"No criticisms on either side": Andy Roddick, Chanda Rubin react to Djokovic-Alcaraz Cincinnati war

MASON, Ohio—From the upper seats in the main stadium at the Western & Southern Open, you can look across Interstate 71 and see the King’s Island amusement park. All day, roller coasters slowly rise to towering heights, before crashing wildly back to earth.

By Sunday evening, the park was closed and motionless. The thrill ride was on the other side of the highway.

That’s where Novak Djokovic and Carlos Alcaraz were coming to the end of their two-man, three-hour-and-49-minute roller-coaster journey through a 90-degree afternoon. The Serb and the Spaniard had carried the 11,000 people surrounding center court through countless twists and turns in momentum, and just as many physical and emotional peaks and valleys.


Thousands of people chanted “No-lay!” for the legendary Djokovic, who was playing here for the first time since 2019, and who had been welcomed back to the United States enthusiastically. Thousands of others countered with chants of “Vamos Carlos!” for the galvanizing new superstar Alcaraz, who had proclaimed his love for Cincinnati and its fans all week.

By the time the two men reached a third-set tiebreaker, after 8:00 P.M., the chants had blended into one titanic, chaotic, incomprehensible roar. Which was fitting, because by then the match wasn’t about one man or the other. It was about the two best players in the world rising to the occasion against each other, again. Whoever you were rooting for, you had to appreciate the moment, and the chance to experience it.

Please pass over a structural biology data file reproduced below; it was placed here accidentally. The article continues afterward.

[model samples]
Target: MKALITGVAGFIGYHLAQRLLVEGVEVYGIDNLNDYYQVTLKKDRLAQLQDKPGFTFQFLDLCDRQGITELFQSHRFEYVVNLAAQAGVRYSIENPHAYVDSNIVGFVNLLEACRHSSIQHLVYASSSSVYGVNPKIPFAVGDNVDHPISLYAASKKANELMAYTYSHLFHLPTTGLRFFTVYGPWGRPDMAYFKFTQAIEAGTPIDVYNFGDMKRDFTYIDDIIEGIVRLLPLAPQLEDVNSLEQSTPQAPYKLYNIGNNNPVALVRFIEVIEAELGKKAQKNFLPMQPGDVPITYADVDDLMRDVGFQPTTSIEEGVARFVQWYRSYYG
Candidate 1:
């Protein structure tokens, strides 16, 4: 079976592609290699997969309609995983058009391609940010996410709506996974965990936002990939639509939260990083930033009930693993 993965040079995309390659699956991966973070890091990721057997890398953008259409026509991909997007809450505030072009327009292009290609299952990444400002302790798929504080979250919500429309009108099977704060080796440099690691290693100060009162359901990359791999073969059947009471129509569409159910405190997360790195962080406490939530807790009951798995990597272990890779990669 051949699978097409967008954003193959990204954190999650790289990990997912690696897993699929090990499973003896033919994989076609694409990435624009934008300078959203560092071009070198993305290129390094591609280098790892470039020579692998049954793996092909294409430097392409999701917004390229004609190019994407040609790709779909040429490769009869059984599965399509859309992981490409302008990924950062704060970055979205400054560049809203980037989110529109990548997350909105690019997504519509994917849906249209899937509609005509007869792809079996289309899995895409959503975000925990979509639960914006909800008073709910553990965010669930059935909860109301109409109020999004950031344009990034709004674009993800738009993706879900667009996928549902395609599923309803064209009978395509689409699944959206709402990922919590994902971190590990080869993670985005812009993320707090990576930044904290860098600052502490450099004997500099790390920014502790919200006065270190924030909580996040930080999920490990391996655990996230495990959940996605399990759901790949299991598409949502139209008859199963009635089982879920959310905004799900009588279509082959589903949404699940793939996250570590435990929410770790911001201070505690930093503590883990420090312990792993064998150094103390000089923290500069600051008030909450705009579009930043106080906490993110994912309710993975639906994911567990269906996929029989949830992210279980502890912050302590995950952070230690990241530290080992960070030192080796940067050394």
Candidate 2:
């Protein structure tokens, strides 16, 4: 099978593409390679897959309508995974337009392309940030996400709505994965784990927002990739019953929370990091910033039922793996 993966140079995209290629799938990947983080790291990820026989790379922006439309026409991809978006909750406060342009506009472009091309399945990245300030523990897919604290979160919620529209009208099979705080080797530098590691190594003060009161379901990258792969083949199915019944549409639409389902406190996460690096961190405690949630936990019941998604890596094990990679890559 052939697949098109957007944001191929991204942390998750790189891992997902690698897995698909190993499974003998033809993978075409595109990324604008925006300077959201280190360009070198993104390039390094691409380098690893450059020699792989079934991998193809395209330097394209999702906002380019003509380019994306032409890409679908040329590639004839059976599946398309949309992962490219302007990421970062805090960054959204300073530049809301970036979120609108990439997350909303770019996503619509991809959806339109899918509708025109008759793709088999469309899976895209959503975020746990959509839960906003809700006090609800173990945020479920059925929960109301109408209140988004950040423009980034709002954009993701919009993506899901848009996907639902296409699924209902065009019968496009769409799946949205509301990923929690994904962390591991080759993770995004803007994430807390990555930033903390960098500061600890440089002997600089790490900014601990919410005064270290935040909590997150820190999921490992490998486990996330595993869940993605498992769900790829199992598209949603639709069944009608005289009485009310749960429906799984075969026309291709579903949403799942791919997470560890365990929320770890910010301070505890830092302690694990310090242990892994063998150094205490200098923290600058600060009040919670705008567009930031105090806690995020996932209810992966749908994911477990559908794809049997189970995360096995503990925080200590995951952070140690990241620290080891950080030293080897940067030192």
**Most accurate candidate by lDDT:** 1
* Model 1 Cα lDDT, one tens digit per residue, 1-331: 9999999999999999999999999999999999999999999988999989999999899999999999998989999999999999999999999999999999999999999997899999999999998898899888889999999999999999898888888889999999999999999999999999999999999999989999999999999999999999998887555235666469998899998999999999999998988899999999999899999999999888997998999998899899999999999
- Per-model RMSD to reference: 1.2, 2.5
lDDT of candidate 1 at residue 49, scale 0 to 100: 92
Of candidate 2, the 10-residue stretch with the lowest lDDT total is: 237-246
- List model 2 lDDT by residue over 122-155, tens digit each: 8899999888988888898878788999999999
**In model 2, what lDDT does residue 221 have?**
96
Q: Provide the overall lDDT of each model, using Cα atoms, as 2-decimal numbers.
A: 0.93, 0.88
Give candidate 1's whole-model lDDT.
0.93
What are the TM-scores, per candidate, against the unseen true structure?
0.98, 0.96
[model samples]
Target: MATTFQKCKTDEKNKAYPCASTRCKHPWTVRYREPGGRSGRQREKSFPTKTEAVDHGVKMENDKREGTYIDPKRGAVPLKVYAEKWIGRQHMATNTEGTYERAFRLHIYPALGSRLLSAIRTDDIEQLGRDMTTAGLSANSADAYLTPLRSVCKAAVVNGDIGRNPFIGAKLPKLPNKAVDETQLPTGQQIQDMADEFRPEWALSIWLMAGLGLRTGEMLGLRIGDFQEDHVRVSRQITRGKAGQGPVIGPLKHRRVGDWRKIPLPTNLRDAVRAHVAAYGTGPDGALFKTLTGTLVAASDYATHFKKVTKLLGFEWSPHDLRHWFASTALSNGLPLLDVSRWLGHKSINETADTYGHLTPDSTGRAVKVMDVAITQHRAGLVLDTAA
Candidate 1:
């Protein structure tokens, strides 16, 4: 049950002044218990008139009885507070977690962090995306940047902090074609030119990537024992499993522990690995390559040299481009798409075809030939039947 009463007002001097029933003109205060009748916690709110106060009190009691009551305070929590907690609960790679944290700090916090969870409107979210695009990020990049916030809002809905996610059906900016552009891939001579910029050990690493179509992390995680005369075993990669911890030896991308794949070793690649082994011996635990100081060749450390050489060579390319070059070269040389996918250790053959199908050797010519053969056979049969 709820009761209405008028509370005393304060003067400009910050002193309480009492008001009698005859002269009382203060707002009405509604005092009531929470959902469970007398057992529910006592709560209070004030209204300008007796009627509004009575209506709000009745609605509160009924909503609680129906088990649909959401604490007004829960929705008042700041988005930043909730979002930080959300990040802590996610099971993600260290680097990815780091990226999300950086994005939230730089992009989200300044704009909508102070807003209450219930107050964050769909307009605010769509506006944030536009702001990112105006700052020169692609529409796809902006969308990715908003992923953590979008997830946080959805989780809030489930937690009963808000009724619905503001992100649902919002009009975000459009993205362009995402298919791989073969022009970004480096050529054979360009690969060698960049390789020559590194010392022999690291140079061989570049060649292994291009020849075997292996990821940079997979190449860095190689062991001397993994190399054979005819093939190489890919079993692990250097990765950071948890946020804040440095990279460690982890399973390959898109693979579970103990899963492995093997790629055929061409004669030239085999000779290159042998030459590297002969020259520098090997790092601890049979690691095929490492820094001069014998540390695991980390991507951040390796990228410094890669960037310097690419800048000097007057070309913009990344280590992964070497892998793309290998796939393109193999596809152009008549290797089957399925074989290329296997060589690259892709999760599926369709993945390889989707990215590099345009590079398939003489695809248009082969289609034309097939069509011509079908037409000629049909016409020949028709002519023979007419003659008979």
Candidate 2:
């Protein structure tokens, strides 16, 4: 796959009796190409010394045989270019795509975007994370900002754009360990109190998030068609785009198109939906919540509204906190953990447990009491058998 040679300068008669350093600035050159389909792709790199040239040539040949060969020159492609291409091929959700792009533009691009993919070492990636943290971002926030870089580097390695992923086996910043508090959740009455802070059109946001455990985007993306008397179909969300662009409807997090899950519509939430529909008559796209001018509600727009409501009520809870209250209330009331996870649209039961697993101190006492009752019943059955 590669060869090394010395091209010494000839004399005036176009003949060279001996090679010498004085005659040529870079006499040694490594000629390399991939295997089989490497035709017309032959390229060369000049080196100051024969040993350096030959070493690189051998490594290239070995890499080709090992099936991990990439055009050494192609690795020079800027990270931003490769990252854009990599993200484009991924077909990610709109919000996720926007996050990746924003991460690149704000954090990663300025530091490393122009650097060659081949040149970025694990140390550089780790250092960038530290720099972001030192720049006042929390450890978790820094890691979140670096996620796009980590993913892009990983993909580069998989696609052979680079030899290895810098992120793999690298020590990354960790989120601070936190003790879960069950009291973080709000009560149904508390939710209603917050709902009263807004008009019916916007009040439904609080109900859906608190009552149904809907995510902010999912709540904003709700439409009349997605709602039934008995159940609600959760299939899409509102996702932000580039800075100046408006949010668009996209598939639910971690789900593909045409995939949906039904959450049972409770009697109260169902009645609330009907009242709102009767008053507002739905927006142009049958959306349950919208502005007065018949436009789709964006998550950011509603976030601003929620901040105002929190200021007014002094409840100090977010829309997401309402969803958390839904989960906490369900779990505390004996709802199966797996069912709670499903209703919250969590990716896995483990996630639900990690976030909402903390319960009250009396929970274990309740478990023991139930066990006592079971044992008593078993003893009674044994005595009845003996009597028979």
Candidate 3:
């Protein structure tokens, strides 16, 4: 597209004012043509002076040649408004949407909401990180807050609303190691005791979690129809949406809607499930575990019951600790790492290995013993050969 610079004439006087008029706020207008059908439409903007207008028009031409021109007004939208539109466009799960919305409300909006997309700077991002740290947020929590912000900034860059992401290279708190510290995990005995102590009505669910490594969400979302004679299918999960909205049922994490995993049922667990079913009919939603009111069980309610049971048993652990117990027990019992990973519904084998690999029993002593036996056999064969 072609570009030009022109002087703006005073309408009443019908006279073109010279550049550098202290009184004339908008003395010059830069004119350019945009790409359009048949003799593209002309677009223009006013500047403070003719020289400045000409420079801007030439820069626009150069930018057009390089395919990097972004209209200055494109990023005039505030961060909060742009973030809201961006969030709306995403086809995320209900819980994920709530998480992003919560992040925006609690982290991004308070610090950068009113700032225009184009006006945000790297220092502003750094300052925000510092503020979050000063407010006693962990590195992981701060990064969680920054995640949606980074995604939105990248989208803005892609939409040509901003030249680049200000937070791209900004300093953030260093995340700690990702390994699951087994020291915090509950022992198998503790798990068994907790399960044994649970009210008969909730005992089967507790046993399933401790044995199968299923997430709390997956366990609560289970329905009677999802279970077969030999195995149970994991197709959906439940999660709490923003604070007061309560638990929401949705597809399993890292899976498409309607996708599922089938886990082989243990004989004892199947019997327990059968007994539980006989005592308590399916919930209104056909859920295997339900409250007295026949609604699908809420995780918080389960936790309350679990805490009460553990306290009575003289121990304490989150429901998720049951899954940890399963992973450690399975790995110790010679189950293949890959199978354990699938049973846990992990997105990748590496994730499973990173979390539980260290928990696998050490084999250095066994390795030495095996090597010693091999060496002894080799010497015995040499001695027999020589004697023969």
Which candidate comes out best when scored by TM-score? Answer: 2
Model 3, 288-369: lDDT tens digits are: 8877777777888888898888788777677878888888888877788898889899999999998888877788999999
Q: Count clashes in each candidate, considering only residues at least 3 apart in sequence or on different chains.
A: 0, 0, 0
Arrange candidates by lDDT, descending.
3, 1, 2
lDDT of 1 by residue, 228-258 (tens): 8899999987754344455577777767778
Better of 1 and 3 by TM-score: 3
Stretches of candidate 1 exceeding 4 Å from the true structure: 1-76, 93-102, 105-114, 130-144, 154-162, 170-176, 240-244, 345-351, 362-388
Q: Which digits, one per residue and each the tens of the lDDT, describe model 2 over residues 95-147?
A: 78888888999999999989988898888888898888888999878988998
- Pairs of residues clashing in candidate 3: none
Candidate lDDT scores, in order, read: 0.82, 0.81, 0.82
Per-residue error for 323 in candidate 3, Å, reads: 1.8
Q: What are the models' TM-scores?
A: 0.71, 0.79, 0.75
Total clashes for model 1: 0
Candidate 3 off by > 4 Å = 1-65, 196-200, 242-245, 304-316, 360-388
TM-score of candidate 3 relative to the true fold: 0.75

“Ups and downs, highs and lows, incredible points, poor games, heat strokes,” Djokovic said afterward, in awe of what he had just survived. “One of the toughest matches and most exciting matches I’ve ever been a part of, at any level, against any opponent.”


Novak Djokovic's first tournament in the United States since 2021 couldn't have gone better.

Novak Djokovic's first tournament in the United States since 2021 couldn't have gone better.

For the first hour and a half, though, it had looked more like a bust than a classic in the making. The heat took an early toll on the 36-year-old Djokovic, who squandered a 4-2 lead in the first set and trudged off for a prolonged bathroom break after losing it 7-5.

The locker-room time didn’t help him. In the second set, he sat down heavily on a changeover, wrapped an ice towel around his head, and took a pill from the tour medics. Instead of a repeat of their Wimbledon epic, this match looked like their Roland Garros semifinal in reverse. In Paris, Alcaraz cramped and the match came to an anticlimactic conclusion. In Cincy, it seemed as if Djokovic’s body would be the one to capitulate.

With Djokovic serving at 2-4 in the second, Alcaraz sent a perfect topspin lob dive-bombing down for a winner. It looked like a second break was in the works, and the match would soon be over. But Djokovic, the wiliest of wily veterans, managed to use the only thing he had left—his serve—to manufacture a hold. It was just enough to stay in touch on the scoreboard, and just enough, it turned out, to make Alcaraz nervous. At 4-3, Alcaraz opened the door with four wild unforced errors. Djokovic was alive.

From there, the match began to simmer. The rallies lengthened, and Djokovic rejoined the battle. With newfound energy, he held at love for 5-5. Alcaraz, shaking off his nerves again, held with a winning volley to force a tiebreaker. Djokovic jumped out to a 3-0 lead in the breaker; Alcaraz responded by winning the next four points.


It was about the two best players in the world rising to the occasion against each other, again. Whoever you were rooting for, you had to appreciate the moment, and the chance to experience it.